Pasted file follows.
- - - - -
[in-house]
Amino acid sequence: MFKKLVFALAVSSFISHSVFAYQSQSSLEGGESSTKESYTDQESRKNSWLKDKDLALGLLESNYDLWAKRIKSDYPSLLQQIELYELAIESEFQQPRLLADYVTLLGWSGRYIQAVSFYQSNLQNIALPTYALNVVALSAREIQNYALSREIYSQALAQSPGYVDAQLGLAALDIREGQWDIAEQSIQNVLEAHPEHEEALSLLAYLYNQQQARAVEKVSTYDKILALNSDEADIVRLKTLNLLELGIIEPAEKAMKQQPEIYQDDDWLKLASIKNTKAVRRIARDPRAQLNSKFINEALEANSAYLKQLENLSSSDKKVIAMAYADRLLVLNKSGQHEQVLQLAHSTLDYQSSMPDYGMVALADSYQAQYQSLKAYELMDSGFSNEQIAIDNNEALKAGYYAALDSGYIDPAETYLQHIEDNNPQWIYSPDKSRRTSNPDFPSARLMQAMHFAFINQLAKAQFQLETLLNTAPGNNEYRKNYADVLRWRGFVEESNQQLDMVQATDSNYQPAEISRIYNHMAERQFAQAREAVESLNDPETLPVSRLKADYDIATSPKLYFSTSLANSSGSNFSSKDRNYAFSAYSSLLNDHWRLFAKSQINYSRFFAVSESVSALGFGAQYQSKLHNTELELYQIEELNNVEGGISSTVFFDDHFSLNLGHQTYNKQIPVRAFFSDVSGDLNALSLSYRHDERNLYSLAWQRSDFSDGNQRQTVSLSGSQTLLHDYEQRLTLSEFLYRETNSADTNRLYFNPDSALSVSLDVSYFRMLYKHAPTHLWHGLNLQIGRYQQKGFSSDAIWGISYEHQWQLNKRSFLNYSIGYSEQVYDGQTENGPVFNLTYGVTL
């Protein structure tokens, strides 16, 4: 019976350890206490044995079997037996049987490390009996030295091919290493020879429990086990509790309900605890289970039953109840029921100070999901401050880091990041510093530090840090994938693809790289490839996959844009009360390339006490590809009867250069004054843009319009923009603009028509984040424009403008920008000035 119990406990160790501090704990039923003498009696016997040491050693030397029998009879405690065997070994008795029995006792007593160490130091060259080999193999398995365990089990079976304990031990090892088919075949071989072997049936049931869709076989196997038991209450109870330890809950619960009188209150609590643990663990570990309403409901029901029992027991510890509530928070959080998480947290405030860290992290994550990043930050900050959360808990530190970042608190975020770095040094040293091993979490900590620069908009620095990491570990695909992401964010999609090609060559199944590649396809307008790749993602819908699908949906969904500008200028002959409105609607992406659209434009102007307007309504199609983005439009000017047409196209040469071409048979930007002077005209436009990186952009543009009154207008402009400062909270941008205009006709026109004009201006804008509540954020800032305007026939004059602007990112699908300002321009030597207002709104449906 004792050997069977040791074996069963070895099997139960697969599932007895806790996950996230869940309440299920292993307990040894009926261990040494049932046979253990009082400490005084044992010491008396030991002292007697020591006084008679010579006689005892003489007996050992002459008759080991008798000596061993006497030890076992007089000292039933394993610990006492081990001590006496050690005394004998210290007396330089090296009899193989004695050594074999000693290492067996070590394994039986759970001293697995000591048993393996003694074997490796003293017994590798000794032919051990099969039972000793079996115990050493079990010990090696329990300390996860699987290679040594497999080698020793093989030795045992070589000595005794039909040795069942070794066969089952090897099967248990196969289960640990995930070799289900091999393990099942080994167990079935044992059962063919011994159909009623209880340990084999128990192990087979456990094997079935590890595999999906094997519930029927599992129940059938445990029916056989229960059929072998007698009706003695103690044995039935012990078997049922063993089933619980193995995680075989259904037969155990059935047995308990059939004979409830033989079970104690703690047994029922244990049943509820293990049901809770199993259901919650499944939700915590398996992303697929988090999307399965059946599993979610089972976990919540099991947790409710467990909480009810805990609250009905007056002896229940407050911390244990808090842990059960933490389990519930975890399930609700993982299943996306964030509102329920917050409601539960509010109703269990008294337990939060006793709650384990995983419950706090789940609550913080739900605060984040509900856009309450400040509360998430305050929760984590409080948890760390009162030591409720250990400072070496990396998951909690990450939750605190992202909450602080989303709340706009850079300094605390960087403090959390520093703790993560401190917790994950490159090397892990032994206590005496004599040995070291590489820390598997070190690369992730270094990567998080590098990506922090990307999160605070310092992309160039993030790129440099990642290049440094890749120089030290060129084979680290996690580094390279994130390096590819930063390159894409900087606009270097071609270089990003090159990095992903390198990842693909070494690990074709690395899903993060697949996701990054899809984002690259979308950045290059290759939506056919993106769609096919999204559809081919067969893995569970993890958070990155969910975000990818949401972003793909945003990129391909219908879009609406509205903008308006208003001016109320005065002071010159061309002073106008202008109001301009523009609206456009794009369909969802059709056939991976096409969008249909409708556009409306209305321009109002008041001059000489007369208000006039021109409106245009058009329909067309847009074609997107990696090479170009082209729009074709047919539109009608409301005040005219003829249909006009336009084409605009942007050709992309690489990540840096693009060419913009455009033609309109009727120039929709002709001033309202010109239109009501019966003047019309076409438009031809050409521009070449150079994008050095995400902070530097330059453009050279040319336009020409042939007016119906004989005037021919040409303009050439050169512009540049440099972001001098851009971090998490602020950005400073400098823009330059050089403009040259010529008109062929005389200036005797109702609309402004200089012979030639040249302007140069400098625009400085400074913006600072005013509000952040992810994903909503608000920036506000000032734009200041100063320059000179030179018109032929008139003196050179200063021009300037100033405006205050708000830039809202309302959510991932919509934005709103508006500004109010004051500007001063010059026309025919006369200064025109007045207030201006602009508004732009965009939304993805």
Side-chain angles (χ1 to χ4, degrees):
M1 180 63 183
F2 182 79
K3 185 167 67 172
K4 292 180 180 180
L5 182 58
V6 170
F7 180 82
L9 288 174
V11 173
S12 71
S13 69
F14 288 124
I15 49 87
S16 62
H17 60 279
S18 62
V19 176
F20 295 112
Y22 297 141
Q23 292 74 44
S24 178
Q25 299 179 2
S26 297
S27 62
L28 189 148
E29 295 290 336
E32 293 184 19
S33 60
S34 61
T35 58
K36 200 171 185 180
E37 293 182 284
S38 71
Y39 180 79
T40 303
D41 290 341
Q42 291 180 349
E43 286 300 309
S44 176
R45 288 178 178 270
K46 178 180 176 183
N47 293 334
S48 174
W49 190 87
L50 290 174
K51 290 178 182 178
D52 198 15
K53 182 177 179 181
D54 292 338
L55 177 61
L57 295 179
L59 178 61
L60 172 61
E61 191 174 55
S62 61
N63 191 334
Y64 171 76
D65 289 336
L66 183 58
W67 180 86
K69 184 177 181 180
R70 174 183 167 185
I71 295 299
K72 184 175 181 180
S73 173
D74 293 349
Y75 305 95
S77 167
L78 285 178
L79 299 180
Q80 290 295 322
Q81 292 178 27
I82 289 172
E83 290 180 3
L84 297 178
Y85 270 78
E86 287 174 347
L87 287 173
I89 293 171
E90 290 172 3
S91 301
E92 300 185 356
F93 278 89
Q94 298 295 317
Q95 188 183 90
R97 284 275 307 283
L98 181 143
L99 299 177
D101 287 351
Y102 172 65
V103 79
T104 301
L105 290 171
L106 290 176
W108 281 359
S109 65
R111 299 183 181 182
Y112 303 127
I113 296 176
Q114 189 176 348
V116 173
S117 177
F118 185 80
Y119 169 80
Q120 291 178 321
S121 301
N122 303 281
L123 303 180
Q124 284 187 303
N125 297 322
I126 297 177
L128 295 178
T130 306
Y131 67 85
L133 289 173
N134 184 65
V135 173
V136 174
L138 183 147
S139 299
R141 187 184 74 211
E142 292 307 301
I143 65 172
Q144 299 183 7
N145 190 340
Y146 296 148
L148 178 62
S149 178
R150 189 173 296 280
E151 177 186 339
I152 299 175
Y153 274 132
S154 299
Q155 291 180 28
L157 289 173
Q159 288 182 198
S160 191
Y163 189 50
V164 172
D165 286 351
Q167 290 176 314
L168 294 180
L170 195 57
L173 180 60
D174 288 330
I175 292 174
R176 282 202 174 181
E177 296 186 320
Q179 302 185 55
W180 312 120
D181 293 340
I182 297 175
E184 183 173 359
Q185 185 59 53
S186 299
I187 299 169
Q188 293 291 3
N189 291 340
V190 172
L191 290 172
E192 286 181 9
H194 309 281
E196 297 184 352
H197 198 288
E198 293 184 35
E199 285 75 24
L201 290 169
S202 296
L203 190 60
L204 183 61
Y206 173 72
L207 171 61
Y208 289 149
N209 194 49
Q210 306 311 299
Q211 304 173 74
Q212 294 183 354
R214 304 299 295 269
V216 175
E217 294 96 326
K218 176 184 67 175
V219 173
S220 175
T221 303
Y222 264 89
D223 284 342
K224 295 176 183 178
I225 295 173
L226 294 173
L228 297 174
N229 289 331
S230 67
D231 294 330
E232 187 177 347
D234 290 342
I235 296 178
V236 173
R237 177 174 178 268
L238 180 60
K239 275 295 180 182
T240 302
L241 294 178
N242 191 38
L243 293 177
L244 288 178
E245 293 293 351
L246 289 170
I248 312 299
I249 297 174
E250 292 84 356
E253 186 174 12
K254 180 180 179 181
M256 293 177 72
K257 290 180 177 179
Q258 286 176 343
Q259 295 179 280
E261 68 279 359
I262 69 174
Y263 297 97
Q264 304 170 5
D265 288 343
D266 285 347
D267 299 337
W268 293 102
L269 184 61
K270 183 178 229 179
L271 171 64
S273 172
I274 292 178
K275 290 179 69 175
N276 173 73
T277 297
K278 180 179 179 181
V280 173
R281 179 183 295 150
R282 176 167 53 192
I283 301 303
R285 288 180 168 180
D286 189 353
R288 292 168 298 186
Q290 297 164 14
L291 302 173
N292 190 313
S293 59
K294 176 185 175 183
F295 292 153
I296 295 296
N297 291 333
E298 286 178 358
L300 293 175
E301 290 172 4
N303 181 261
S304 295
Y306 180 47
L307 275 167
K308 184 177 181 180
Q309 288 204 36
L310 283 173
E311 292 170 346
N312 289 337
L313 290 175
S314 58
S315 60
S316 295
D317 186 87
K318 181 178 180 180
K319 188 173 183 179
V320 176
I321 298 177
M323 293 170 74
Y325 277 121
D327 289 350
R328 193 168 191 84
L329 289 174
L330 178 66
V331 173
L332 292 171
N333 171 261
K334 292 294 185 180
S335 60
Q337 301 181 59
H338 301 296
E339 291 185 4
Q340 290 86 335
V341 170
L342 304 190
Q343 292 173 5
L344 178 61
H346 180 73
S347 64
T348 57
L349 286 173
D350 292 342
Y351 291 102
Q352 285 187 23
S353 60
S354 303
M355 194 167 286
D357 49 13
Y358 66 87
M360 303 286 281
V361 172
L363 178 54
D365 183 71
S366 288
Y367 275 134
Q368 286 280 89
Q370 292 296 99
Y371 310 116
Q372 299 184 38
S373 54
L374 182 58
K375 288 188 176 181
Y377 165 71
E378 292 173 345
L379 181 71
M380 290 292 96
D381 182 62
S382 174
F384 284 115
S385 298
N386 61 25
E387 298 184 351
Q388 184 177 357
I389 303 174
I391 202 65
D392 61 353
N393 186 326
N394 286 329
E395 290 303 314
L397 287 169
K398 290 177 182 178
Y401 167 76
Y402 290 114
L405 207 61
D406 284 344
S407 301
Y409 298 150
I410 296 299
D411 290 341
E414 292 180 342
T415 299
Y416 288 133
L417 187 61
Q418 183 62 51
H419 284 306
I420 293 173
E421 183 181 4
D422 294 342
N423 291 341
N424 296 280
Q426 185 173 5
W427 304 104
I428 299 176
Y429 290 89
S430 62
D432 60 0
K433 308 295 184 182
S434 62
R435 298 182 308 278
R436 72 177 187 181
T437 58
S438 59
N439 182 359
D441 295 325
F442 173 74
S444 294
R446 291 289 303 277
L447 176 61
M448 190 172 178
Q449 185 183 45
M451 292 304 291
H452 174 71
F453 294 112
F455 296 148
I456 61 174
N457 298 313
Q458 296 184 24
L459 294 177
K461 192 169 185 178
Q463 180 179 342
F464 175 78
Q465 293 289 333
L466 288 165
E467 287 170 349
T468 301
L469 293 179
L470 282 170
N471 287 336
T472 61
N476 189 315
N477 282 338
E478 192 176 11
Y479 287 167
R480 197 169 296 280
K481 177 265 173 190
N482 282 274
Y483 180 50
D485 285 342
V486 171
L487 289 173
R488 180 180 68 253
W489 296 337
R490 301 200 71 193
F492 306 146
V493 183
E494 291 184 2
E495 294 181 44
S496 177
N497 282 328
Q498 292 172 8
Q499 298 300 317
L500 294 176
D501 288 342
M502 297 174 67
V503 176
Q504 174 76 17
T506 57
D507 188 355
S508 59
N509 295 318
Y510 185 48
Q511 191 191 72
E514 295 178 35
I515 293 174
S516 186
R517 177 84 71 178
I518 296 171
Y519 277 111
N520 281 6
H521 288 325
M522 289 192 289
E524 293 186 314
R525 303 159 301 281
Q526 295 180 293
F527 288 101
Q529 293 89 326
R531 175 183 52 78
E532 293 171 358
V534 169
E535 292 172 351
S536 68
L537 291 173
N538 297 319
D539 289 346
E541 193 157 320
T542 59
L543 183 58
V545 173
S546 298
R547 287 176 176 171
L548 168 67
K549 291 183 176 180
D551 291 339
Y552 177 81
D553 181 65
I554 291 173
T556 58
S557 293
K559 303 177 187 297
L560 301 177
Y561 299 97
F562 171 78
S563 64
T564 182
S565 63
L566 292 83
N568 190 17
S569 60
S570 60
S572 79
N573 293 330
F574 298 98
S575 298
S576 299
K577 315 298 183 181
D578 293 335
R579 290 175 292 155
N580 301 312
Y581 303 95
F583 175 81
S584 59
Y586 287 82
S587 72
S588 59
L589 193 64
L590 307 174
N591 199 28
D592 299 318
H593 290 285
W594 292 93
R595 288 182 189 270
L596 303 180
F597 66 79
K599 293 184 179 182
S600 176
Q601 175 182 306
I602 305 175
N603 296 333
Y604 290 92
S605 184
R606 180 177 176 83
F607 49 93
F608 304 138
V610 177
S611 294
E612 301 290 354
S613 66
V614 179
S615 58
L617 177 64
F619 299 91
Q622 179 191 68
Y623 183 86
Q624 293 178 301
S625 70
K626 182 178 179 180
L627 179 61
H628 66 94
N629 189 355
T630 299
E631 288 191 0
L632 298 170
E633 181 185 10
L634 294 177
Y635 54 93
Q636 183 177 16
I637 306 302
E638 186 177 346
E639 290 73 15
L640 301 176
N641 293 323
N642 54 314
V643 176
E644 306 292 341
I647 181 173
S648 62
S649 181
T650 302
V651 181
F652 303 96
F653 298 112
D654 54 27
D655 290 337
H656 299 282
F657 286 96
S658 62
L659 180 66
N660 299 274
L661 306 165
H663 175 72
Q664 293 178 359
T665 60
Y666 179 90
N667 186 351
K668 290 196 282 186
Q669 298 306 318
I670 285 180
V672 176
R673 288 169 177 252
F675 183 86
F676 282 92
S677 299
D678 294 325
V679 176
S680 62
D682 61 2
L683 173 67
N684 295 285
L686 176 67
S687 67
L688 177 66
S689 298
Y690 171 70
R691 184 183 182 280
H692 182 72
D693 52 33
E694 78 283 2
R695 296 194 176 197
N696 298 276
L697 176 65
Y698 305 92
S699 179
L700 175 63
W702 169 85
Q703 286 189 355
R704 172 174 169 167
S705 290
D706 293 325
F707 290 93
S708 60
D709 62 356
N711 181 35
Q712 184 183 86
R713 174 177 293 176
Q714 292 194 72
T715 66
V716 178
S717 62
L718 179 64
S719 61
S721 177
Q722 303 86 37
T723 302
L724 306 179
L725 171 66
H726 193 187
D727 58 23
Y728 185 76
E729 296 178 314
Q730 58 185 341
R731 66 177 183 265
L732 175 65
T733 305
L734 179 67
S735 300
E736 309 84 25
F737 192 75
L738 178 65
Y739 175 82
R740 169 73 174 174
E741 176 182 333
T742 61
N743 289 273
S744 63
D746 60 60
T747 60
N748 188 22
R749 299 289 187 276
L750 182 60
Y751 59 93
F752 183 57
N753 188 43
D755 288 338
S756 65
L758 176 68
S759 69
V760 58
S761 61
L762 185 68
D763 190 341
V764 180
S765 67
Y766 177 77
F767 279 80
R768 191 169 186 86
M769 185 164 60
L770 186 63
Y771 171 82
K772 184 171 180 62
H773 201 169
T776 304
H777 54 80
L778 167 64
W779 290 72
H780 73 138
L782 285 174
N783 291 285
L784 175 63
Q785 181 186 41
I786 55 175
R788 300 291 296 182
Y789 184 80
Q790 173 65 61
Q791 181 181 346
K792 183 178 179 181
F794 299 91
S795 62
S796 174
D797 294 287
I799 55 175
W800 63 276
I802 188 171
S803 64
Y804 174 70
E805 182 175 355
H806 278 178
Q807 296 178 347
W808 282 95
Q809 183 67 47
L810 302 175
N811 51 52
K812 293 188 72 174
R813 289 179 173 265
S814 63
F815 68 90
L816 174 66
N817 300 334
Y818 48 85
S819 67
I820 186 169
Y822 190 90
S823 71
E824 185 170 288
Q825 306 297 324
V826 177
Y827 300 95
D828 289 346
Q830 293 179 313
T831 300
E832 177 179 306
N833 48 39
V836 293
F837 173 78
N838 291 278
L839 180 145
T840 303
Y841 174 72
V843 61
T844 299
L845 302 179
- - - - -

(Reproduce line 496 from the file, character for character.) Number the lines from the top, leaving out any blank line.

R595 288 182 189 270